"A reader lives a thousand lives before he dies. The man who never reads lives only one." - Jojen Reed. #ADanceWithDragons
This was a book that was done right.... this is an audiobook that was done right! This is undoubtedly the best audiobook and probably the best book I have gone through all year and without question will rank amongst one of the best books I have read/listened to in a long time! The storyline was simply honest, the wording itself seemed flawless, the pacing perfect and the narration was downright immaculate.
Clearly you can see from my review thus far that I am raving about this book and when I do people tend to ask me "Why? Why is this book so great to you?" When I answer this question I can't say anything like "There is an amazing twist" or "The action is awesome"... All I can say is that you should try thinking about the perfect day, sun shining, it not being too hot, a nice gentle breeze and you taking a long ride to the country with your favorite song playing and with perfect company to boot...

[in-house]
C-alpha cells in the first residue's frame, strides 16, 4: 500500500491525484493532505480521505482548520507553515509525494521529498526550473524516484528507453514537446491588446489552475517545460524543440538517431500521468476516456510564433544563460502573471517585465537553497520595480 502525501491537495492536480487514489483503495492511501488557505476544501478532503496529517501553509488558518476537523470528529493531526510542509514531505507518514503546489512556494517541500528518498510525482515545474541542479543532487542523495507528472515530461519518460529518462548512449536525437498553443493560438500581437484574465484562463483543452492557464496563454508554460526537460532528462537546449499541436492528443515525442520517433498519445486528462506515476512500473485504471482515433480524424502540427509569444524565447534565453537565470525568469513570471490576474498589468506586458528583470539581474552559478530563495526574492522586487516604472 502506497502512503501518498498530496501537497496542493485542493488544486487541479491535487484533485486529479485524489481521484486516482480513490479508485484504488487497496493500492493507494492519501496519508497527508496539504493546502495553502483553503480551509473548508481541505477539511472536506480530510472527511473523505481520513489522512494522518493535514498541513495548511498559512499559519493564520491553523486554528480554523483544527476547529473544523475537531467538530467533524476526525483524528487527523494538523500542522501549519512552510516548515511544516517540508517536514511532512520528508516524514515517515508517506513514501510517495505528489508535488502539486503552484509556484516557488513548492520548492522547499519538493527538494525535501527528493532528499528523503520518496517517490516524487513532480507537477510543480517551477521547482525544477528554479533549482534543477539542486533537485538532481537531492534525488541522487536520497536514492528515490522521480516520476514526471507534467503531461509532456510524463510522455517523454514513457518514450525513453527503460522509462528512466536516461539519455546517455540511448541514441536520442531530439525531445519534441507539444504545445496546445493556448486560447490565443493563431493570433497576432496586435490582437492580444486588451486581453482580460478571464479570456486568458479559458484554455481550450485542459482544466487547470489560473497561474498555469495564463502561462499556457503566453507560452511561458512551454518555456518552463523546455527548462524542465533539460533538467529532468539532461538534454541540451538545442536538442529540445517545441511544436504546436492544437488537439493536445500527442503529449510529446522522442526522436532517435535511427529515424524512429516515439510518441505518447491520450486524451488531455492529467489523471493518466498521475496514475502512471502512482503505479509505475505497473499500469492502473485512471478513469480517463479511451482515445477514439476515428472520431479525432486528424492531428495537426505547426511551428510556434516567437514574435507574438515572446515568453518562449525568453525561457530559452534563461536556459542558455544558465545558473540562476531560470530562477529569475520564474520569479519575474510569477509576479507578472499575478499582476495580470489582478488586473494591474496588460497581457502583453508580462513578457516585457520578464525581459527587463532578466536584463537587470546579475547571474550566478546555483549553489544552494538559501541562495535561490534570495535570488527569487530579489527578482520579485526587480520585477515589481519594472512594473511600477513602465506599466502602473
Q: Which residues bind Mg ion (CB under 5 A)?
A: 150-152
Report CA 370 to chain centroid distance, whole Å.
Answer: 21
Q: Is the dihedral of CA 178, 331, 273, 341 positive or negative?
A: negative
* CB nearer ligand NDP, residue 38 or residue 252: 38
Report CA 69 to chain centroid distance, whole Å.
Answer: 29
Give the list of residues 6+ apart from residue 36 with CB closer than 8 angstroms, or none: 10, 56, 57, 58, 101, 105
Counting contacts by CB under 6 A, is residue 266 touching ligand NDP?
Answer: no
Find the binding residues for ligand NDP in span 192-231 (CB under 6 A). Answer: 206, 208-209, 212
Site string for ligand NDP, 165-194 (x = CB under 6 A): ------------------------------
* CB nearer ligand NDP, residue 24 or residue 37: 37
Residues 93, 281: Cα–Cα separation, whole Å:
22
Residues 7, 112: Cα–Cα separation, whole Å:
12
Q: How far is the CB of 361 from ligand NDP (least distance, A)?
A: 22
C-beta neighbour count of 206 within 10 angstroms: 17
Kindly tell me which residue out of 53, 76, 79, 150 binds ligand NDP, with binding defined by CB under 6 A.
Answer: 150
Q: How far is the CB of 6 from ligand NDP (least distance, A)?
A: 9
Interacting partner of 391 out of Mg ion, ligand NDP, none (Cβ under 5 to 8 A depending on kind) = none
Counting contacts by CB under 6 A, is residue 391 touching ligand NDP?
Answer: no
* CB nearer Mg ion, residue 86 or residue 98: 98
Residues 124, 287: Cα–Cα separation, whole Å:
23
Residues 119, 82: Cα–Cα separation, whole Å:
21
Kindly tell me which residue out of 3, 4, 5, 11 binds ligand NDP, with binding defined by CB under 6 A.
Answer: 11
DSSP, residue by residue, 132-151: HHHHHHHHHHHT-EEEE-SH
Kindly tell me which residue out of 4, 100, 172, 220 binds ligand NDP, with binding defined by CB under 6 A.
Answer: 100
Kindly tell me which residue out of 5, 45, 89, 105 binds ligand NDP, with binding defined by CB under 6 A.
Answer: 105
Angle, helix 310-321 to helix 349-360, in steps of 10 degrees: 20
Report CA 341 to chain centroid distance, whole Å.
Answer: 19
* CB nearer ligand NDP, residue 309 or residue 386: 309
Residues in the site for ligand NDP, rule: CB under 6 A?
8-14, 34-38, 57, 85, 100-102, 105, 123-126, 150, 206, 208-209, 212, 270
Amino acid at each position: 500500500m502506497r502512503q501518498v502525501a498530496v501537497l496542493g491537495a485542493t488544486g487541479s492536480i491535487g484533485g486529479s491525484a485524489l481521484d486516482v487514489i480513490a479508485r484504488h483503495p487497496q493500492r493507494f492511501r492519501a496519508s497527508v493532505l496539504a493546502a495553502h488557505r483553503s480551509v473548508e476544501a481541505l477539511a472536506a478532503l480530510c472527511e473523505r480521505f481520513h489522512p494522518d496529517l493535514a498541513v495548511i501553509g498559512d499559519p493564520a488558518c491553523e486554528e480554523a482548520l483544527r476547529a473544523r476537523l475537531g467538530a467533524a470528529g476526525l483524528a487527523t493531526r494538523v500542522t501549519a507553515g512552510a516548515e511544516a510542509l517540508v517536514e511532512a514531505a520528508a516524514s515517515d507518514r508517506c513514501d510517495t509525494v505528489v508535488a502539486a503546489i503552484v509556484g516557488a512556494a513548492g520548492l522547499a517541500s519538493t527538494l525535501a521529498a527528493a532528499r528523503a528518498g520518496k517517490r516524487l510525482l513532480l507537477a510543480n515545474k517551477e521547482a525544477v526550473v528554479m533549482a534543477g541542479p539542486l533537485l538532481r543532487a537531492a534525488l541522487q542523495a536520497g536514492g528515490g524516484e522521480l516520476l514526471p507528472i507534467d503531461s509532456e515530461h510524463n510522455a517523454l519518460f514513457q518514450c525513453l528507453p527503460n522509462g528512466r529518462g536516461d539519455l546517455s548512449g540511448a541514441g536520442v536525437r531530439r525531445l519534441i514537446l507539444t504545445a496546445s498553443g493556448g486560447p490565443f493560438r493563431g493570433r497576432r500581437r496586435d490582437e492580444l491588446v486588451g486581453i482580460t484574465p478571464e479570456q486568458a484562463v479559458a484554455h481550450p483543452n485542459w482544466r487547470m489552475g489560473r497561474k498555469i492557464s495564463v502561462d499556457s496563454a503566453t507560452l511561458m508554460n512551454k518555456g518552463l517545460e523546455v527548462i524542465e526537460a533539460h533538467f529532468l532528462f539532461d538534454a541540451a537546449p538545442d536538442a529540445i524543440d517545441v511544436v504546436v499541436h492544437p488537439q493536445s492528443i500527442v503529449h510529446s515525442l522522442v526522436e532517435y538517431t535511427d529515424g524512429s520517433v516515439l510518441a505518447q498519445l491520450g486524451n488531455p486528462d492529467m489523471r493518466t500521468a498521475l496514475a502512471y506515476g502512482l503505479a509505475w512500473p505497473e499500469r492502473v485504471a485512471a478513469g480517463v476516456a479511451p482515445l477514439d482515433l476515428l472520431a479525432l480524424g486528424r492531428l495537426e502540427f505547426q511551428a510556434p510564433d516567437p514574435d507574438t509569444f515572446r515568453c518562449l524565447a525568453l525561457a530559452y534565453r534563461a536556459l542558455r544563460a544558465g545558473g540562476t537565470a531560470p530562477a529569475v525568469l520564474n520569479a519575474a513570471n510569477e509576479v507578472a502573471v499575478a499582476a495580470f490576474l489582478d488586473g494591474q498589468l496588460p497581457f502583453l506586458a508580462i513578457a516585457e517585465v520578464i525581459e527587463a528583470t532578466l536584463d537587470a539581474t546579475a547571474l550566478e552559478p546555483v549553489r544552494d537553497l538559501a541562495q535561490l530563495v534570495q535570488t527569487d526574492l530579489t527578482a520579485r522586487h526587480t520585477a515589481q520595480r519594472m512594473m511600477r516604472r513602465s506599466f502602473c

This book isn't so much about the ending because truth be told you could probably have predicted the ending after a few chapters.... But what you DO get to enjoy is the journey. It is honest, sobering, tragic, paced to perfection and beautifully woven. You find yourself enjoying the different storylines that pops up, the interesting quotes that you find along the way, the beautiful sceneries they describe and mostly the stirring emotions that are evoked. Love, lost, sacrifice, hope, truth, hate… life is described in this book.